The reasons for the previous absence of reporting on HELPS may be due to a combination of its rare occurrence and underrecognition. This is the first case recognized at our center despite having examined more than 2000 patients with various neurovascular compression syndromes. The referral came to us from our otolaryngology team, and this condition (paroxysmal choking due to a neurovascular conflict) may just not yet be recognized by the otolaryngology community. Case reports of pharyngeal spasm in the context of multiple sclerosis have been published in which pharyngeal spasms are triggered by swallowing.10 The spasmodic conditions in these case reports have been successfully treated with carbamazepine. Our patient did not have multiple sclerosis, but we did not think to trial carbamazepine. If HELPS is indeed similar to HFS, then we would postulate that antiepileptic medications would not be effective. Paroxysmal choking has also been reported with insular epilepsy. These cases typically have the additional features of an aura (nausea or a rising epigastric sensation) and partial seizure.

Episodic laryngospasm has been reported in the otolaryngology literature and is felt to be due to a conversion disorder or occult gastroesophageal reflux.6 Symptoms in these reported cases of episodic paroxysmal laryngospasm have features similar to those in our case. For example, Gallivan et al. described sudden attacks of upper airway obstruction resulting in unnecessary endotracheal intubation.7 Laryngoscopy in those cases revealed bilateral laryngospasm. Our patient declined video-laryngoscopy during an induced attack, and we do not know if her vocal cords contracted symmetrically (perhaps reflexively) or not. Interestingly, one of her physicians did recommend a psychiatry consultation, but she declined.

We believe that the intermittent sensation of “a swollen tongue” may be part of the symptom complex because it invariably accompanied the later, more severe symptoms of laryngospasm and it completely resolved postoperatively. This symptom was not lateralized. The sensation may have been triggered by activation of the vagus innervated muscles of the soft palette (especially palatoglossus). We postulate that this syndrome could occur with either pure laryngospasm or laryngopharyngeal spasm, depending on which branches of the vagus were compressed. We have chosen to use the more encompassing term—hemilaryngopharyngeal spasm, or HELPS, syndrome—for this initial description.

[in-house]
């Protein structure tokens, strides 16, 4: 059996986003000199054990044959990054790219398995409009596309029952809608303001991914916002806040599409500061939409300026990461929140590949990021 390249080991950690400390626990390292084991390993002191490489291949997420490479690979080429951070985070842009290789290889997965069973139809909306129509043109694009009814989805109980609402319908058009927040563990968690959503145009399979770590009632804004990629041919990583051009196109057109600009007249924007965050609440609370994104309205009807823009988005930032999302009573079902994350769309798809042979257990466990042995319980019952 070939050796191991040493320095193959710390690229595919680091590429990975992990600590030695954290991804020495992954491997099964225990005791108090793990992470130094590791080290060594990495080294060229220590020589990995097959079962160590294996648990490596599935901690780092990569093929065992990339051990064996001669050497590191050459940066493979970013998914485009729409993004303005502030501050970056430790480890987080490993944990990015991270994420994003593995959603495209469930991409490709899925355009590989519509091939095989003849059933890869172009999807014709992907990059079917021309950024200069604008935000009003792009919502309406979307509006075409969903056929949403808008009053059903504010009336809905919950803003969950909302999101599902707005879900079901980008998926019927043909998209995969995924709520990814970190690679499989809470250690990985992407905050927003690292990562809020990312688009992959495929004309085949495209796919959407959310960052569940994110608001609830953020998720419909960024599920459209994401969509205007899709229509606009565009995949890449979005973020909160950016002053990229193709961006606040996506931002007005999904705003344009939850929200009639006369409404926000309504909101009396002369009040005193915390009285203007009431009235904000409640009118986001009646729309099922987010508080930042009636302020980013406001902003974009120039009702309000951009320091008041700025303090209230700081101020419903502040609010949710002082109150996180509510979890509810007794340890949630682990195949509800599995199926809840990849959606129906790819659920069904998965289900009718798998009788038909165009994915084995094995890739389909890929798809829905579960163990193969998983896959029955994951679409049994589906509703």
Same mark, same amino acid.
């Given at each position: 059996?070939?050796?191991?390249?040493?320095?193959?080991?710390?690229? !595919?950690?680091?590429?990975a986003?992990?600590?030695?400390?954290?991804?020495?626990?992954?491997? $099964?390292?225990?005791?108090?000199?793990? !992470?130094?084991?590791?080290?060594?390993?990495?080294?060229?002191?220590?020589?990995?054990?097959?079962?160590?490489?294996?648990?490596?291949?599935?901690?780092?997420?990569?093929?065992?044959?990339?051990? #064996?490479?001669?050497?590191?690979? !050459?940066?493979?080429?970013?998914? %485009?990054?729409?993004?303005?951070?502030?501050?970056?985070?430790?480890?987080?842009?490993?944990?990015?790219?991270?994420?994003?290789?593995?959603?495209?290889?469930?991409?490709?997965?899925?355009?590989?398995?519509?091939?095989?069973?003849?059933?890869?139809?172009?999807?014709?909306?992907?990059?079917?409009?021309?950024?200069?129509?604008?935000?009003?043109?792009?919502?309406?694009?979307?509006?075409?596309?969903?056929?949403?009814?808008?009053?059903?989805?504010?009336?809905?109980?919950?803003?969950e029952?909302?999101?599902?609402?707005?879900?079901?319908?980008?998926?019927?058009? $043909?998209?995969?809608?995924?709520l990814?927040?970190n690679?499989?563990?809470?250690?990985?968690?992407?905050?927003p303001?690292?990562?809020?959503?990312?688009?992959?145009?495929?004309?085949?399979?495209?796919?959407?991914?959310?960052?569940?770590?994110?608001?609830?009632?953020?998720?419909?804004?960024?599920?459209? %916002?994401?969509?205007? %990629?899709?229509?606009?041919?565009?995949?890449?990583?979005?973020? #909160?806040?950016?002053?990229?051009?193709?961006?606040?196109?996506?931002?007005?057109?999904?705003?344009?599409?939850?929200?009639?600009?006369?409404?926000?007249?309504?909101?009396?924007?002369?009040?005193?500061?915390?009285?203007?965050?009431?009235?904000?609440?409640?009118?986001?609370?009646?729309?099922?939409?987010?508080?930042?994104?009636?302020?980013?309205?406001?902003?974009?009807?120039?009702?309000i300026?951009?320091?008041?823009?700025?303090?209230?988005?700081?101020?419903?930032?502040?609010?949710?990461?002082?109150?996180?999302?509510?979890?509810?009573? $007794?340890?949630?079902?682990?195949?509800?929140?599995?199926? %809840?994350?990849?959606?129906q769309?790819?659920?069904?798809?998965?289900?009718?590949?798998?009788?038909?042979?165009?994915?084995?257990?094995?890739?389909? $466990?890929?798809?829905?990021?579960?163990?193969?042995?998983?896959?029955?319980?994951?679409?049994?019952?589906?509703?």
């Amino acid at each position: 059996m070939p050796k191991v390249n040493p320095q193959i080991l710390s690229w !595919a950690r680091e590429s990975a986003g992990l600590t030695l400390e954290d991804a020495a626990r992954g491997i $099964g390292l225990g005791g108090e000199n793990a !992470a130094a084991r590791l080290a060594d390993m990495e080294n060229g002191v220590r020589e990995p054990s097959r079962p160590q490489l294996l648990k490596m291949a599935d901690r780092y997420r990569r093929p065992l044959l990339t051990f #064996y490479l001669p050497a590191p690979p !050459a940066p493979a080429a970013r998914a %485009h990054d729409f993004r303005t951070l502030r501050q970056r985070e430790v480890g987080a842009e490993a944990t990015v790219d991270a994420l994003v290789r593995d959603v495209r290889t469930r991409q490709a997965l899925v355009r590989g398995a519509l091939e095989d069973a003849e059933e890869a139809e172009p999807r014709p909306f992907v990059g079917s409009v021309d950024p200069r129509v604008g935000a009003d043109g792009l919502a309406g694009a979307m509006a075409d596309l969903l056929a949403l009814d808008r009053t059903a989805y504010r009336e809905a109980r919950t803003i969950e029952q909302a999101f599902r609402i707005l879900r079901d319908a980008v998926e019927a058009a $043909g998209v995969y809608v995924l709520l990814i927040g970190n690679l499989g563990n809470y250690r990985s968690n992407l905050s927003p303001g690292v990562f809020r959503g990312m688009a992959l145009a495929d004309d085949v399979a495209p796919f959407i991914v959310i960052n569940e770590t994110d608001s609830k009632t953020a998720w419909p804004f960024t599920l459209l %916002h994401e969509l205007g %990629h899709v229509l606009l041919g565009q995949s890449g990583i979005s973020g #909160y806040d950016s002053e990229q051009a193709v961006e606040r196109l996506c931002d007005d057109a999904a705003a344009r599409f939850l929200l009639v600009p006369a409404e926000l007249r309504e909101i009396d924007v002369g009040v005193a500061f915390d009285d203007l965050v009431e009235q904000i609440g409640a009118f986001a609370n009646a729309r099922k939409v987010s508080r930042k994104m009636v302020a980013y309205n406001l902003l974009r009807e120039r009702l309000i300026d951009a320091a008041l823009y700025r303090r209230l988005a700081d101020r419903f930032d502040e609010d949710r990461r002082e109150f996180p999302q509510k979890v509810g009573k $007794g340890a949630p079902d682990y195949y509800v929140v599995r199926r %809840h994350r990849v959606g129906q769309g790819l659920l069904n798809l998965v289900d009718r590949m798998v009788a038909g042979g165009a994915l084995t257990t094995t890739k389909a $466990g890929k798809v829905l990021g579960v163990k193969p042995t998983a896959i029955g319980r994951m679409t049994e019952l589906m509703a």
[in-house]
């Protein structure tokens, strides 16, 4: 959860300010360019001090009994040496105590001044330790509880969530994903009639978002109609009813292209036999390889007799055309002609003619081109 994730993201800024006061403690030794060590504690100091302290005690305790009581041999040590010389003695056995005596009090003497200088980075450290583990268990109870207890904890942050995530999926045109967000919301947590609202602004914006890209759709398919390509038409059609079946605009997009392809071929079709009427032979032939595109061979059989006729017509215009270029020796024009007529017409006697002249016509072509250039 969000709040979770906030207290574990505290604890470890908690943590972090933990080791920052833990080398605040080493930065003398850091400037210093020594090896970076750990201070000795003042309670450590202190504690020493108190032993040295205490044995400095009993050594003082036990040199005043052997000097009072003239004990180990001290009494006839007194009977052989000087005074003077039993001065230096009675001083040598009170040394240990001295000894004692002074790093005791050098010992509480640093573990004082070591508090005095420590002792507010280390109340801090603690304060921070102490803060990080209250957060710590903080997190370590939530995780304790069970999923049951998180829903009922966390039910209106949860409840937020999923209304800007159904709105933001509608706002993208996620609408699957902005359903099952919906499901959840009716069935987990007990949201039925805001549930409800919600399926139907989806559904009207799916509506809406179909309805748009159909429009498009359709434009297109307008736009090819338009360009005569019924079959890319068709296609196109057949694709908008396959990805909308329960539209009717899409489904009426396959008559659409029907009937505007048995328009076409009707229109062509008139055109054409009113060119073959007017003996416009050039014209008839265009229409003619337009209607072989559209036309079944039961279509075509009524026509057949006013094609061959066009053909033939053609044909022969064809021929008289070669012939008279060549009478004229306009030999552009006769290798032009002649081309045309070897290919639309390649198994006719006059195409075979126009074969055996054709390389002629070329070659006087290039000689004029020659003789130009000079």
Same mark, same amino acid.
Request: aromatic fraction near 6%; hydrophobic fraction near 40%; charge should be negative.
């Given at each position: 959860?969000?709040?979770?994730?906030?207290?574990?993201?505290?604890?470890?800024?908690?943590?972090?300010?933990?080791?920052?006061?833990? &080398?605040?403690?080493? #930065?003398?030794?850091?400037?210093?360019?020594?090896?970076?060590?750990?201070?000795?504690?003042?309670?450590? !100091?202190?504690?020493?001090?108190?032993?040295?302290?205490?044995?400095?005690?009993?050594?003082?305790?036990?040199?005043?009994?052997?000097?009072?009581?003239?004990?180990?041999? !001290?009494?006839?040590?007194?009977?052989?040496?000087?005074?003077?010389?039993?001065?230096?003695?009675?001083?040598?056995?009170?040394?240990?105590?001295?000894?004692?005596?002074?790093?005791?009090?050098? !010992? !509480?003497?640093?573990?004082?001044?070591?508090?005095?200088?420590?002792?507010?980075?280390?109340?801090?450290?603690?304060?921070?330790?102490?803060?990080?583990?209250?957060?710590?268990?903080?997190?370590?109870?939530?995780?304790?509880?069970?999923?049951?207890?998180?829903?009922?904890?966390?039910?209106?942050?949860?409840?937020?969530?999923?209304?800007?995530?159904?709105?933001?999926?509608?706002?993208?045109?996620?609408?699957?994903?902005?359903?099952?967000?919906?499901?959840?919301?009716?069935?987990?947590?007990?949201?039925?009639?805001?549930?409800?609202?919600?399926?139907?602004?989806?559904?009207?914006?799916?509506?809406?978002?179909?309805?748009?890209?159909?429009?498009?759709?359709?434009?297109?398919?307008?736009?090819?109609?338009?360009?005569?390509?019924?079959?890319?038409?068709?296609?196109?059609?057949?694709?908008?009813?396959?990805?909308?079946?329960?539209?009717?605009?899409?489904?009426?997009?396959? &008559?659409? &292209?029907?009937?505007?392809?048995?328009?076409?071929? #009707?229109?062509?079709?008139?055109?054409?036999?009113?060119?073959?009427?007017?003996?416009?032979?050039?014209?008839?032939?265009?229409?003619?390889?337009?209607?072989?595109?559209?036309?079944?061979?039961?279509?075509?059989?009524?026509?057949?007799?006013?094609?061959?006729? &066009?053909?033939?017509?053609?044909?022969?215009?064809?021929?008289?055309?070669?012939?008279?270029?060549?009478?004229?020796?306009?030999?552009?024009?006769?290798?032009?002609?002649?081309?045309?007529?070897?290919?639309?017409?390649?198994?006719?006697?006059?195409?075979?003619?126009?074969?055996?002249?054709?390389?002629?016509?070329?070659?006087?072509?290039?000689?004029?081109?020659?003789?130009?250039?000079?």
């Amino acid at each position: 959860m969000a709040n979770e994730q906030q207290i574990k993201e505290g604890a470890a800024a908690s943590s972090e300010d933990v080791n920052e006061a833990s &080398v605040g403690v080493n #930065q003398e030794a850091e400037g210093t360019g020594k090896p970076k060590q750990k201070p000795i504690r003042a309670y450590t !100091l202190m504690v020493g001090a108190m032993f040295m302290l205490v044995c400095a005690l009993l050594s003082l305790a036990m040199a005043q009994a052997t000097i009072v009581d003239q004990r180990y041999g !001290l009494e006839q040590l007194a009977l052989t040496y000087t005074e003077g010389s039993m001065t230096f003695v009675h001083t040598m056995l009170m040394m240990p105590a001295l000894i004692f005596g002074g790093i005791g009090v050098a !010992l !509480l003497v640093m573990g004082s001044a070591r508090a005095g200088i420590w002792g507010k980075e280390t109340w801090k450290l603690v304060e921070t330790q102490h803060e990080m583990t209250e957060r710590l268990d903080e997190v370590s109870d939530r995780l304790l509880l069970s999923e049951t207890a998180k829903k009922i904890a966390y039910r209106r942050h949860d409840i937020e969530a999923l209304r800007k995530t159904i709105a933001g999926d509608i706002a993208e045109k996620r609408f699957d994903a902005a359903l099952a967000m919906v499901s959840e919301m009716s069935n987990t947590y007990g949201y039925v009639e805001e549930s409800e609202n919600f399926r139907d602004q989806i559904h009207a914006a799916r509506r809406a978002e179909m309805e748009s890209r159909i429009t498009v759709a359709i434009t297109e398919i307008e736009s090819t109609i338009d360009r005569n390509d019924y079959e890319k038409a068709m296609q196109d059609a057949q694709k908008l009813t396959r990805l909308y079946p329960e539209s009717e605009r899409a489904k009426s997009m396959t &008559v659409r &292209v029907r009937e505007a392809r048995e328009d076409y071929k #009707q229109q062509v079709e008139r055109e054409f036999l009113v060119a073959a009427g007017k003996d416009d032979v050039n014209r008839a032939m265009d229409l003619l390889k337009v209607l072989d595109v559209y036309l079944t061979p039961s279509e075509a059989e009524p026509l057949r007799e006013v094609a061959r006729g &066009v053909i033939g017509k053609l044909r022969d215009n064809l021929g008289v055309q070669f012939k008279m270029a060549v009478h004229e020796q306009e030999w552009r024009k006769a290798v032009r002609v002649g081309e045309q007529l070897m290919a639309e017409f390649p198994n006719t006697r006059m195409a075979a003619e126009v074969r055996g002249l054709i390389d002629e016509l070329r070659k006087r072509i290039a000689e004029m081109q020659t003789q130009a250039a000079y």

Conclusions

To the best of our knowledge, we report the first case of episodic hemilaryngopharyngeal spasm that was cured with MVD. The episodic symptom complex consisted of 1) a sensation of a swollen tongue despite its normal appearance, 2) choking initially triggered by speaking then occurring spontaneously, and 3) laryngospasm prompting emergency consultations. Misdiagnosis as a psychiatric or allergic condition will predictably lead to unsuccessful treatment. Conversely, overdiagnosis will lead to unnecessary neurosurgery, especially in light of the fact that vessels are often near the CN IX–X complex and imaging the rootlets of the vagus nerve can be difficult. With wider recognition of this syndrome, the patterns of muscle contraction (unilateral or bilateral laryngospasm, with or without pharyngeal involvement) will be better elucidated with video-laryngoscopy. The otolaryngology and neurosurgical communities should be aware of this rare but potentially life-threatening condition.

Acknowledgments

We thank Ms. Vicky Earle for the illustrations that accompany this paper.

References

  • 1

    Barbash GIKeren GKorczyn ADSharpless NSChayen MCopperman Y: Mechanisms of syncope in glossopharyngeal neuralgia. Electroencephalogr Clin Neurophysiol 63:2312351986

    • Crossref
    • PubMed
    • Search Google Scholar
    • Export Citation
  • 2

    Bruyn GW: Glossopharyngeal neuralgia. Cephalalgia 3:1431571983

  • 3

    Canning BJChang ABBolser DCSmith JAMazzone SBMcGarvey L: Anatomy and neurophysiology of cough: CHEST Guideline and Expert Panel report. Chest 146:163316482014

    • Crossref
    • Search Google Scholar
    • Export Citation
  • 4

    Chen-Scarabelli CScarabelli TM: Neurocardiogenic syncope. BMJ 329:3363412004

  • 5

    Esaki TOsada HNakao YYamamoto TMaeda MMiyazaki T: Surgical management for glossopharyngeal neuralgia associated with cardiac syncope: two case reports. Br J Neurosurg 21:5996022007

    • Crossref
    • PubMed
    • Search Google Scholar
    • Export Citation
  • 6

    Gallivan GJHoffman LGallivan KH: Episodic paroxysmal laryngospasm: voice and pulmonary function assessment and management. J Voice 10:931051996

  • 7

    Gardner WJ: Concerning the mechanism of trigeminal neuralgia and hemifacial spasm. J Neurosurg 19:9479581962

  • 8

    Kandan SRKhan SJeyaretna DSLhatoo SPatel NKCoakham HB: Neuralgia of the glossopharyngeal and vagal nerves: long-term outcome following surgical treatment and literature review. Br J Neurosurg 24:4414462010

    • Crossref
    • PubMed
    • Search Google Scholar
    • Export Citation
  • 9

    Lister JRRhoton AL JrMatsushima TPeace DA: Microsurgical anatomy of the posterior inferior cerebellar artery. Neurosurgery 10:1701991982